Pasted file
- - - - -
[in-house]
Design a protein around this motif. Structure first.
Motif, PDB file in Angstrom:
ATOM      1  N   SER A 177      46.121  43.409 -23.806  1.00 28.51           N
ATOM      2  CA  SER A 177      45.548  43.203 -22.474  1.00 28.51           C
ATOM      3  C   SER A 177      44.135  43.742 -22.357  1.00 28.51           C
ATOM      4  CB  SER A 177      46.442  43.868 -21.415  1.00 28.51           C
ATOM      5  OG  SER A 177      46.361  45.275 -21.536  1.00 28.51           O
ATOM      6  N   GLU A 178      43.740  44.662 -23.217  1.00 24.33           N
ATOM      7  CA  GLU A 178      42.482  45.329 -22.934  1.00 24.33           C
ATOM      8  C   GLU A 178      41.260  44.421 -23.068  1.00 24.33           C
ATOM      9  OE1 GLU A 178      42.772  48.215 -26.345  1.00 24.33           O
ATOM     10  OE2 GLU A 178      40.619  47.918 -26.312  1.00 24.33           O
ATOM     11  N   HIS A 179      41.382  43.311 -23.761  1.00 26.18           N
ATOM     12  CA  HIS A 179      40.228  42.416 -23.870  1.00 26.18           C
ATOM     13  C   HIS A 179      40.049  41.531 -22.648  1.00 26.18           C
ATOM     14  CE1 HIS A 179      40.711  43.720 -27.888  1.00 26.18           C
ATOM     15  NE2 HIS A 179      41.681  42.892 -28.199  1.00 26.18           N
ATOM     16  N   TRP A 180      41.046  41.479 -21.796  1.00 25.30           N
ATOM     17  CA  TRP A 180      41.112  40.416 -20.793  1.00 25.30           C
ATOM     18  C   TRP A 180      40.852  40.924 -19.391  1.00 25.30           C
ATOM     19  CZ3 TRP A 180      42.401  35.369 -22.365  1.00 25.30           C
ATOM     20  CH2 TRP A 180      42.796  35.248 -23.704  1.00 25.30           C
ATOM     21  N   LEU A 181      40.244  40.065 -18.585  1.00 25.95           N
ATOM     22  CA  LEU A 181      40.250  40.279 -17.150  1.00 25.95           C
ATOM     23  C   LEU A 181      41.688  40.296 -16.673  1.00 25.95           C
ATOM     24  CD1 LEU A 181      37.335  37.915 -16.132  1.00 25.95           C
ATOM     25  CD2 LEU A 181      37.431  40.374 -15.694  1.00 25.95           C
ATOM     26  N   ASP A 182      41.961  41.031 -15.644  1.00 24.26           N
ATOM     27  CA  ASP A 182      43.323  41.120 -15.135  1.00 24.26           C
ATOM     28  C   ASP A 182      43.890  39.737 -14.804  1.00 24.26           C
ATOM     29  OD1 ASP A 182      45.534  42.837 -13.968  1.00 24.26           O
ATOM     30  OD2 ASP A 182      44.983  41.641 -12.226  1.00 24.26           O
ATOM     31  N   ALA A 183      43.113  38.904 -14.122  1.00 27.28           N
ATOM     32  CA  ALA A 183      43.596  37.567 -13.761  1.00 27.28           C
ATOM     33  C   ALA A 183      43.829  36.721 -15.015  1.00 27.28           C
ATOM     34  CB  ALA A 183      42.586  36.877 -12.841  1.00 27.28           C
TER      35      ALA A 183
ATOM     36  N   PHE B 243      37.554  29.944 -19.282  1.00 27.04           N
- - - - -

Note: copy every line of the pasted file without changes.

[in-house]
Design a protein around this motif. Structure first.
Motif, PDB file in Angstrom:
ATOM      1  N   SER A 177      46.121  43.409 -23.806  1.00 28.51           N
ATOM      2  CA  SER A 177      45.548  43.203 -22.474  1.00 28.51           C
ATOM      3  C   SER A 177      44.135  43.742 -22.357  1.00 28.51           C
ATOM      4  CB  SER A 177      46.442  43.868 -21.415  1.00 28.51           C
ATOM      5  OG  SER A 177      46.361  45.275 -21.536  1.00 28.51           O
ATOM      6  N   GLU A 178      43.740  44.662 -23.217  1.00 24.33           N
ATOM      7  CA  GLU A 178      42.482  45.329 -22.934  1.00 24.33           C
ATOM      8  C   GLU A 178      41.260  44.421 -23.068  1.00 24.33           C
ATOM      9  OE1 GLU A 178      42.772  48.215 -26.345  1.00 24.33           O
ATOM     10  OE2 GLU A 178      40.619  47.918 -26.312  1.00 24.33           O
ATOM     11  N   HIS A 179      41.382  43.311 -23.761  1.00 26.18           N
ATOM     12  CA  HIS A 179      40.228  42.416 -23.870  1.00 26.18           C
ATOM     13  C   HIS A 179      40.049  41.531 -22.648  1.00 26.18           C
ATOM     14  CE1 HIS A 179      40.711  43.720 -27.888  1.00 26.18           C
ATOM     15  NE2 HIS A 179      41.681  42.892 -28.199  1.00 26.18           N
ATOM     16  N   TRP A 180      41.046  41.479 -21.796  1.00 25.30           N
ATOM     17  CA  TRP A 180      41.112  40.416 -20.793  1.00 25.30           C
ATOM     18  C   TRP A 180      40.852  40.924 -19.391  1.00 25.30           C
ATOM     19  CZ3 TRP A 180      42.401  35.369 -22.365  1.00 25.30           C
ATOM     20  CH2 TRP A 180      42.796  35.248 -23.704  1.00 25.30           C
ATOM     21  N   LEU A 181      40.244  40.065 -18.585  1.00 25.95           N
ATOM     22  CA  LEU A 181      40.250  40.279 -17.150  1.00 25.95           C
ATOM     23  C   LEU A 181      41.688  40.296 -16.673  1.00 25.95           C
ATOM     24  CD1 LEU A 181      37.335  37.915 -16.132  1.00 25.95           C
ATOM     25  CD2 LEU A 181      37.431  40.374 -15.694  1.00 25.95           C
ATOM     26  N   ASP A 182      41.961  41.031 -15.644  1.00 24.26           N
ATOM     27  CA  ASP A 182      43.323  41.120 -15.135  1.00 24.26           C
ATOM     28  C   ASP A 182      43.890  39.737 -14.804  1.00 24.26           C
ATOM     29  OD1 ASP A 182      45.534  42.837 -13.968  1.00 24.26           O
ATOM     30  OD2 ASP A 182      44.983  41.641 -12.226  1.00 24.26           O
ATOM     31  N   ALA A 183      43.113  38.904 -14.122  1.00 27.28           N
ATOM     32  CA  ALA A 183      43.596  37.567 -13.761  1.00 27.28           C
ATOM     33  C   ALA A 183      43.829  36.721 -15.015  1.00 27.28           C
ATOM     34  CB  ALA A 183      42.586  36.877 -12.841  1.00 27.28           C
TER      35      ALA A 183
ATOM     36  N   PHE B 243      37.554  29.944 -19.282  1.00 27.04           N